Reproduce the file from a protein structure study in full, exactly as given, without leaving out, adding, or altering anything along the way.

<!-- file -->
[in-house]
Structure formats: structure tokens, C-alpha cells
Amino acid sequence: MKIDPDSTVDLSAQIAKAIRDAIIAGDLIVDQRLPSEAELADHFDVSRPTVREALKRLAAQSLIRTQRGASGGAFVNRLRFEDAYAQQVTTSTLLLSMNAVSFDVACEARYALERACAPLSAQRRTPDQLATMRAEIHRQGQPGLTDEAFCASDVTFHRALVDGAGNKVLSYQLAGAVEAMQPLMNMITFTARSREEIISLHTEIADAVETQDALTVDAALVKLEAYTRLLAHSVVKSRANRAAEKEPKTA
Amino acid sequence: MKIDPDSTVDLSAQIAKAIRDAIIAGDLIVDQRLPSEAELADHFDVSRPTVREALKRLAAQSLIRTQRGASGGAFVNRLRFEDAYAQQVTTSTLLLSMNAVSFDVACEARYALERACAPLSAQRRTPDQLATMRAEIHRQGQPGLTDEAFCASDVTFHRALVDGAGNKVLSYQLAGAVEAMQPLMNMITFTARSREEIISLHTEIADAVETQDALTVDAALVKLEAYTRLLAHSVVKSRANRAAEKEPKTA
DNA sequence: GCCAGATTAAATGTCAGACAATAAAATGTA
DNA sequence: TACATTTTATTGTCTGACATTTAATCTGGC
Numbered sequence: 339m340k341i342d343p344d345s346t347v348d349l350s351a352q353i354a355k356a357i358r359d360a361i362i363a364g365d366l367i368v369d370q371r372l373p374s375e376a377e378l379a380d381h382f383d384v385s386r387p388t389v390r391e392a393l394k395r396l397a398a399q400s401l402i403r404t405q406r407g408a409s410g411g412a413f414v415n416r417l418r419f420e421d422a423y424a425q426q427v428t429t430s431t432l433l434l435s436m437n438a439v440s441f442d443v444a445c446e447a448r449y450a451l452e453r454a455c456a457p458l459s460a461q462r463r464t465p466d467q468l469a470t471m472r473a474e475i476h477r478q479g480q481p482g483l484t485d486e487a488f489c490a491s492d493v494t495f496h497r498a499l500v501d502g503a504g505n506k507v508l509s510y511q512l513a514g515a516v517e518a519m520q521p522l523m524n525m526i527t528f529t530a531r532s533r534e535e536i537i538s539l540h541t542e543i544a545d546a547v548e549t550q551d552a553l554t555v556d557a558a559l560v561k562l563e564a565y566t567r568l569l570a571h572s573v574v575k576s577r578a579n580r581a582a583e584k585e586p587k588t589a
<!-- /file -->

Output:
[in-house]
Structure formats: structure tokens, C-alpha cells
Amino acid sequence: MKIDPDSTVDLSAQIAKAIRDAIIAGDLIVDQRLPSEAELADHFDVSRPTVREALKRLAAQSLIRTQRGASGGAFVNRLRFEDAYAQQVTTSTLLLSMNAVSFDVACEARYALERACAPLSAQRRTPDQLATMRAEIHRQGQPGLTDEAFCASDVTFHRALVDGAGNKVLSYQLAGAVEAMQPLMNMITFTARSREEIISLHTEIADAVETQDALTVDAALVKLEAYTRLLAHSVVKSRANRAAEKEPKTA
Amino acid sequence: MKIDPDSTVDLSAQIAKAIRDAIIAGDLIVDQRLPSEAELADHFDVSRPTVREALKRLAAQSLIRTQRGASGGAFVNRLRFEDAYAQQVTTSTLLLSMNAVSFDVACEARYALERACAPLSAQRRTPDQLATMRAEIHRQGQPGLTDEAFCASDVTFHRALVDGAGNKVLSYQLAGAVEAMQPLMNMITFTARSREEIISLHTEIADAVETQDALTVDAALVKLEAYTRLLAHSVVKSRANRAAEKEPKTA
DNA sequence: GCCAGATTAAATGTCAGACAATAAAATGTA
DNA sequence: TACATTTTATTGTCTGACATTTAATCTGGC
Numbered sequence: 339m340k341i342d343p344d345s346t347v348d349l350s351a352q353i354a355k356a357i358r359d360a361i362i363a364g365d366l367i368v369d370q371r372l373p374s375e376a377e378l379a380d381h382f383d384v385s386r387p388t389v390r391e392a393l394k395r396l397a398a399q400s401l402i403r404t405q406r407g408a409s410g411g412a413f414v415n416r417l418r419f420e421d422a423y424a425q426q427v428t429t430s431t432l433l434l435s436m437n438a439v440s441f442d443v444a445c446e447a448r449y450a451l452e453r454a455c456a457p458l459s460a461q462r463r464t465p466d467q468l469a470t471m472r473a474e475i476h477r478q479g480q481p482g483l484t485d486e487a488f489c490a491s492d493v494t495f496h497r498a499l500v501d502g503a504g505n506k507v508l509s510y511q512l513a514g515a516v517e518a519m520q521p522l523m524n525m526i527t528f529t530a531r532s533r534e535e536i537i538s539l540h541t542e543i544a545d546a547v548e549t550q551d552a553l554t555v556d557a558a559l560v561k562l563e564a565y566t567r568l569l570a571h572s573v574v575k576s577r578a579n580r581a582a583e584k585e586p587k588t589a